By Taylor Schulte
I love to-do lists. Even more so, I love crossing things off that list. If you visit my office, you will likely notice that I keep a to-do list on my desk at all times. It helps clarify my thoughts and holds me accountable for the most important items I need to tackle in the coming days, weeks and even months. It may be common sense, but according to the popular Harvard/Yale study, those who write down their goals, share them, and maintain accountability, are 33 percent more likely to achieve them.
As we begin a new year, I often hear rumblings of resolutions — many of them relating to money and finances. Most of the time, however, these rumblings and resolutions turn into a distant cry by February and little progress is ever made. If you actually want to make changes to your personal finances this year, consider drafting a to-do list for your financial goals.
Here are four ideas for your list to improve your financial situation in 2015:
1. Increase 401(k) Contributions — The limit on employee contributions to a 401(k) plan will increase to $18,000 in 2015. For those participants over 50 years old, the limit will increase to $24,000. Take advantage of this opportunity and elect to increase your contributions starting in January. This will reduce your taxable income and increase your retirement savings. And if you haven’t started contributions, now would be a good time!
2. Review Debt — Contrary to analysts’ predictions, interest rates have remained low for an extended period of time. With rates at historical lows, the trend might not last much longer. If you haven’t done so already, review your current debt obligations and see if there is an opportunity to restructure them at a lower rate. This includes credit card debt, home loans, auto loans, and even student loans.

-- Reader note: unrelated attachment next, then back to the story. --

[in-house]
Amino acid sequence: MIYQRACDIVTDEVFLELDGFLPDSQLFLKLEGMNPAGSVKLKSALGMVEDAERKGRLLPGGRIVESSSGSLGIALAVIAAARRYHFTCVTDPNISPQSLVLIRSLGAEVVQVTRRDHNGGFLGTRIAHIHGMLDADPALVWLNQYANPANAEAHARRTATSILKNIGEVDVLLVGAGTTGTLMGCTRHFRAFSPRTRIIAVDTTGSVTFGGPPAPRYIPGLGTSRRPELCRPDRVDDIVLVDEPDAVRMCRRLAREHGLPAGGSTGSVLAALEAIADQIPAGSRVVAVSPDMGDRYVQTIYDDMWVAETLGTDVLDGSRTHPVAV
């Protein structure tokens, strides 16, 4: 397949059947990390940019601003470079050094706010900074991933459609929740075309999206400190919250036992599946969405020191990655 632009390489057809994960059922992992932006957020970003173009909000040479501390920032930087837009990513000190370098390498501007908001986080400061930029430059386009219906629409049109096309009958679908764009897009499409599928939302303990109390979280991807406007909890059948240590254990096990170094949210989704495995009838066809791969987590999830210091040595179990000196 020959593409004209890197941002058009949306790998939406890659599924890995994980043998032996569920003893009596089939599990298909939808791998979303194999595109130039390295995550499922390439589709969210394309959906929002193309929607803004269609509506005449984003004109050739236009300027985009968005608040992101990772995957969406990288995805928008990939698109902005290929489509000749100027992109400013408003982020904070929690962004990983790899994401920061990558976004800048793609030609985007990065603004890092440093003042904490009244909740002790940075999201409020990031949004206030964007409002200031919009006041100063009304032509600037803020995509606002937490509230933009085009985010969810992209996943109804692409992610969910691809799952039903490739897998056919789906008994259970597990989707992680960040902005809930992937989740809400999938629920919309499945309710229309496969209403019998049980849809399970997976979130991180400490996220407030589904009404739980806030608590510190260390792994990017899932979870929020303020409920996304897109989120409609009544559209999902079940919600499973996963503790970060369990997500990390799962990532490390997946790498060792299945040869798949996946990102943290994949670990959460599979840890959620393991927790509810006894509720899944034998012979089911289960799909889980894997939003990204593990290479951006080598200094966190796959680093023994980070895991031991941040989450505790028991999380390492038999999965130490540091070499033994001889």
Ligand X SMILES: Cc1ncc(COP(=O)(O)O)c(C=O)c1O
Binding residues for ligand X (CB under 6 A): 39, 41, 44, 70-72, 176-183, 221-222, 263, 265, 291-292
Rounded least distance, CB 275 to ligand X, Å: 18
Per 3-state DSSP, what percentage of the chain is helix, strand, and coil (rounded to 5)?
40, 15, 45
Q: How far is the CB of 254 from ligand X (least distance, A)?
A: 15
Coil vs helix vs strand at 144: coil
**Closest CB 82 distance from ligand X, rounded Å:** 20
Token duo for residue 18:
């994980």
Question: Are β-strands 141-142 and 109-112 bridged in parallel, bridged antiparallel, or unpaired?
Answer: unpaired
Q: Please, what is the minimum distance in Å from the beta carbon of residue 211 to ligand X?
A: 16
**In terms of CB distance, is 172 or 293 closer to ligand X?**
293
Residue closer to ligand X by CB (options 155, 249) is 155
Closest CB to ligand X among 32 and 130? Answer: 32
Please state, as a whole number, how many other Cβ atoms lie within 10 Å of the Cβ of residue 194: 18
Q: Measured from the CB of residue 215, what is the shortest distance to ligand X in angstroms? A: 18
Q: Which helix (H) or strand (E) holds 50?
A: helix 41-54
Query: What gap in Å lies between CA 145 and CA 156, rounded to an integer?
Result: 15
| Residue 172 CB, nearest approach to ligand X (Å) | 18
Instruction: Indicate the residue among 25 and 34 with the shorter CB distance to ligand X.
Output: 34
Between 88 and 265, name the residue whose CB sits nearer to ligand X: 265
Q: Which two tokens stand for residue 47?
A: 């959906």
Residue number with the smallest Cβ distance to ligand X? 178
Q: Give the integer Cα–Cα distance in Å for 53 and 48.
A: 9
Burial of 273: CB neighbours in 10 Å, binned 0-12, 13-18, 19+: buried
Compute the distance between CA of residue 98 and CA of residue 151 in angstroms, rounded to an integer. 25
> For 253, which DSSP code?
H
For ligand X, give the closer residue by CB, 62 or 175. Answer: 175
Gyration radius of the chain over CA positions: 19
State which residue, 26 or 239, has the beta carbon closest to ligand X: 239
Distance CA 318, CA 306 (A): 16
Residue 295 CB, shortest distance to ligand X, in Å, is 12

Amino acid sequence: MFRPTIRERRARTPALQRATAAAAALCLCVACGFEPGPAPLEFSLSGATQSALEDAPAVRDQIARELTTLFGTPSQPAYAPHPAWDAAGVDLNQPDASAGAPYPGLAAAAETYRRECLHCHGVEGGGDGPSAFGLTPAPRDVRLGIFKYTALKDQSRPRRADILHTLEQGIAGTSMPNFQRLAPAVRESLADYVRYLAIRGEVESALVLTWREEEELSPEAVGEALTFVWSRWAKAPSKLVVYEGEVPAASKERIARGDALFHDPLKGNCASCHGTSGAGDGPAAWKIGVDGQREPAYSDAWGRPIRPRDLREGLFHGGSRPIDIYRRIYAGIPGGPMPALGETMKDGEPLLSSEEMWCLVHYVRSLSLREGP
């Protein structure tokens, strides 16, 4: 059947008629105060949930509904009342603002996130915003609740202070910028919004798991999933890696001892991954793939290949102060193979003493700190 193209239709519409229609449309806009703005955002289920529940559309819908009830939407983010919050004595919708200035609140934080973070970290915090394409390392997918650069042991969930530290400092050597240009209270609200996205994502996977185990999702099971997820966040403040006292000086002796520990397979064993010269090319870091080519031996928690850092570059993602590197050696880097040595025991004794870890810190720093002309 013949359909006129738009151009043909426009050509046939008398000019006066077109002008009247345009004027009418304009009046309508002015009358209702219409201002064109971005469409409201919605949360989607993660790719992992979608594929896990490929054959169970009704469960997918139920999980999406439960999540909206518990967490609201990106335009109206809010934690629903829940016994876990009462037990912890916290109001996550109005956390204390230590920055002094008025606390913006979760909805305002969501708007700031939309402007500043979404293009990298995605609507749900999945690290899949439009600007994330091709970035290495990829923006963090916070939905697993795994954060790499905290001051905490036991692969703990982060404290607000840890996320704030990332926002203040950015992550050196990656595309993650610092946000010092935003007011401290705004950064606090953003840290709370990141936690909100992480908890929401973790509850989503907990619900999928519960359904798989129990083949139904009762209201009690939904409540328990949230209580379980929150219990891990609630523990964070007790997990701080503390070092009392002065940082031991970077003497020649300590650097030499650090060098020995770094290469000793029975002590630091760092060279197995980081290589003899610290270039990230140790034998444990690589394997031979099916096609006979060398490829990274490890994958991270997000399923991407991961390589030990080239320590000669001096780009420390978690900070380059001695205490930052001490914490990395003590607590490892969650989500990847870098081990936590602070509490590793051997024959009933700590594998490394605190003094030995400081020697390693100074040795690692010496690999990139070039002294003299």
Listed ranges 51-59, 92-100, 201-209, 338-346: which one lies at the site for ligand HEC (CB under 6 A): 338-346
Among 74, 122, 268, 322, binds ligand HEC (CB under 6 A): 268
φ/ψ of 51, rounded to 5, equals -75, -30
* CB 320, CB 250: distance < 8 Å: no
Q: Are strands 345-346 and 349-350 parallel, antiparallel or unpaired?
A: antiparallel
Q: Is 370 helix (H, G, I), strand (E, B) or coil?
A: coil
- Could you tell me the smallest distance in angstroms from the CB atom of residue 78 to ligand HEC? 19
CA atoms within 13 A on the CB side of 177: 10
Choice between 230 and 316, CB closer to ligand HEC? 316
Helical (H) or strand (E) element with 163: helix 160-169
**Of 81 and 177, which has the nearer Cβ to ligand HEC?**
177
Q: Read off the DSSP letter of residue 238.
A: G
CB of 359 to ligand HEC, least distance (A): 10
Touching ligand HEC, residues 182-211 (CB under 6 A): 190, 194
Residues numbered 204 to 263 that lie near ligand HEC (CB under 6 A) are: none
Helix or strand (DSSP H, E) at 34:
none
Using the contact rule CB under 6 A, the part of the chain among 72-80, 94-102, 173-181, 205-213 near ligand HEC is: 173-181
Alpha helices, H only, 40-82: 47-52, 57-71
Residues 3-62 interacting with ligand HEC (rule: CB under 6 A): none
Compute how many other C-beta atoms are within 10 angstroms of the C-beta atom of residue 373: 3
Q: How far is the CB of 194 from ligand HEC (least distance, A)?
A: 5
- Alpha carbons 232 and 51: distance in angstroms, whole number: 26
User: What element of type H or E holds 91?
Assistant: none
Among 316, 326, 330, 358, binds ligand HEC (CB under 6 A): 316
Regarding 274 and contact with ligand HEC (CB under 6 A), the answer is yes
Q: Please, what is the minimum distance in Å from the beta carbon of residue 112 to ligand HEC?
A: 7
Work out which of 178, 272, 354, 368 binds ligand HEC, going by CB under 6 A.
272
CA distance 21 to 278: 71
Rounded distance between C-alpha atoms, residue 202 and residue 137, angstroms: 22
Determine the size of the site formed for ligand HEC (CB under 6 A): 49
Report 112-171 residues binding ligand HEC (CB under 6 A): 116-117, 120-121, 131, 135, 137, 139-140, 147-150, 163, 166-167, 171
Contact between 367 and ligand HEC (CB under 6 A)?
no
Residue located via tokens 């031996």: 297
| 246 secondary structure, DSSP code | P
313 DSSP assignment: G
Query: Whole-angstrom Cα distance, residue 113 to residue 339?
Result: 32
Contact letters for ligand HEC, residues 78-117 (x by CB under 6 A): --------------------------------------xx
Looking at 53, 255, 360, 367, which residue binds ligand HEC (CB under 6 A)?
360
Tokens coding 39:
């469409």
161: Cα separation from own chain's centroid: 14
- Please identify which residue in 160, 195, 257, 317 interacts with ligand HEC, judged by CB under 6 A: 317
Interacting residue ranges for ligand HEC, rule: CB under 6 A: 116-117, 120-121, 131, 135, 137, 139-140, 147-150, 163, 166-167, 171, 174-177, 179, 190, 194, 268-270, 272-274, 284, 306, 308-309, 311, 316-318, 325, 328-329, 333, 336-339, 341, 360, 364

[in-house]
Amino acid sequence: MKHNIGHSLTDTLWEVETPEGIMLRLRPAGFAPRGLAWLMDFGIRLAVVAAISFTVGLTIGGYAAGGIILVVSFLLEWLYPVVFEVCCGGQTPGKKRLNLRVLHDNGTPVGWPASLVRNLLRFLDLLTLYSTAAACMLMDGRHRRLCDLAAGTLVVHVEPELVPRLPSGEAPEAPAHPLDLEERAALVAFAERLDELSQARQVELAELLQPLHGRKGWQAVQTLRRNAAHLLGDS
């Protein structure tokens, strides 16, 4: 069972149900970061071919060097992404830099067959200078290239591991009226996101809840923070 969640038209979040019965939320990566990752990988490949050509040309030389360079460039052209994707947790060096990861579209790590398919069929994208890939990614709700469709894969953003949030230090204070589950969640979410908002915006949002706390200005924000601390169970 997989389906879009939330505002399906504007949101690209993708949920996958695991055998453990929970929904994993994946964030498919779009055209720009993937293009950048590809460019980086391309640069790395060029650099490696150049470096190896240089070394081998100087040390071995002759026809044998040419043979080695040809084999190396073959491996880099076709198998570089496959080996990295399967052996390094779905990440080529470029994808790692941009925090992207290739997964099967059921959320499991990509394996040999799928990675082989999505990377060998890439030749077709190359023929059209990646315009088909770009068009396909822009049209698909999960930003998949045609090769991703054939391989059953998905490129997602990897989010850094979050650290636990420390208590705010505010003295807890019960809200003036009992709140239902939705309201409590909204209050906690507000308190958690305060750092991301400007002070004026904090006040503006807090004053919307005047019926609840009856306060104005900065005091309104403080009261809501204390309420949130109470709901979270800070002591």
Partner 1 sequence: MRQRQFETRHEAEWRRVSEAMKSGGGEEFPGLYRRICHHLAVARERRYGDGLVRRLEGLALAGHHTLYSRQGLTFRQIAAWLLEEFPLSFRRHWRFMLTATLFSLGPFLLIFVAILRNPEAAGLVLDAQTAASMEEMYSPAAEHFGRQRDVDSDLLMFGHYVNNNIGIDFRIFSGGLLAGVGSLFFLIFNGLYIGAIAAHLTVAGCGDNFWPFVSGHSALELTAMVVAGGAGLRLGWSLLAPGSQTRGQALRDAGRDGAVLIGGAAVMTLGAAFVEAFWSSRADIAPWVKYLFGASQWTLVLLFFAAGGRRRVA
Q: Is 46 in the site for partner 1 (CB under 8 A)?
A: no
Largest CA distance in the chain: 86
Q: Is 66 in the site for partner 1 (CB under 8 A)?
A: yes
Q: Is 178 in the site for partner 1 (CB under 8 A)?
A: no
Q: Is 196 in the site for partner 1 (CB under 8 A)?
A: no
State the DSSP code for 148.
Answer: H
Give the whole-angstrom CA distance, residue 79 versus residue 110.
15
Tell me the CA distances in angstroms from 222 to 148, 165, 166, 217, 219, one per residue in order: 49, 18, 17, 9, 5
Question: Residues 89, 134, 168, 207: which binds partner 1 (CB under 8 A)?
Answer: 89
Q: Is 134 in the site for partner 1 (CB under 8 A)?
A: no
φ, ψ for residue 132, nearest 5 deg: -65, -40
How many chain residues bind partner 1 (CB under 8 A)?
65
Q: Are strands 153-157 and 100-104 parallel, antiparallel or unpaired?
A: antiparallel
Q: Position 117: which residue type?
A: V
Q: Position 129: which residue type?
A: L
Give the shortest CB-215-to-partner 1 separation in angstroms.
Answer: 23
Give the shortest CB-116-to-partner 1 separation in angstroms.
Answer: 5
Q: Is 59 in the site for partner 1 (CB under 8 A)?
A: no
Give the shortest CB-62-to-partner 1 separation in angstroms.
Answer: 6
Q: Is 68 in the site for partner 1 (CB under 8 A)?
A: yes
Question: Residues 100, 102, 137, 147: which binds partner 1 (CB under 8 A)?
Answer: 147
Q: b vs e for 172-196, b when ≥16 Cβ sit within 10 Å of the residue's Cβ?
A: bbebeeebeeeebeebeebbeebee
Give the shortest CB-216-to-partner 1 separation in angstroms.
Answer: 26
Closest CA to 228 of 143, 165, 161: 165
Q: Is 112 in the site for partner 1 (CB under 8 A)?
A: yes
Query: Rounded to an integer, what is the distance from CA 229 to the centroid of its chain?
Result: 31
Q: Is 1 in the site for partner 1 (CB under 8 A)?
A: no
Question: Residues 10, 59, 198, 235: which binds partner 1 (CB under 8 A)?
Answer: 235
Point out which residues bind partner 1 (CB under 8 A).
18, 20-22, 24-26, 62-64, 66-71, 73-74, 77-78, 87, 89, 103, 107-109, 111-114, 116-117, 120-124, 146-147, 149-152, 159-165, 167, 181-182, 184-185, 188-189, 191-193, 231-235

3. Reduce Fees — Every fee you pay means less money in your pocket. Banks are often changing their rules and you might be surprised to learn you are paying a fee for something you previously received for free. Sites like Mint.com will help you track the fees you are paying and alert you when a fee has hit your account. Challenge yourself and see how many fees you can reduce or remove this year. Consider re-investing the dollars saved into a savings or retirement account.
4. Review Your Investments — Take a close look at your investment portfolio. When contemplating a change in your portfolio, don’t forget to consider how long you’ve owned each investment. For instance, assets held for a year or less generate short-term capital gains, which are taxed as ordinary income. Depending on your tax bracket, your ordinary income tax rate could be much higher than the long-term capital gains rate, which applies to the sale of assets held for more than a year.
Did you notice that I mentioned my to-do list was located on my desk? Not in my phone, tablet or computer. I’m a technology junkie, but I still firmly believe that the physical act of writing out my to-do list reinforces the importance of the tasks. The act of crossing off my tasks as I complete them is much more enjoyable too!
Taylor Schulte, a Certified Financial Planner, is the founder and CEO of Define Financial in downtown San Diego. He specializes in helping individuals, families and small businesses achieve their financial goals.
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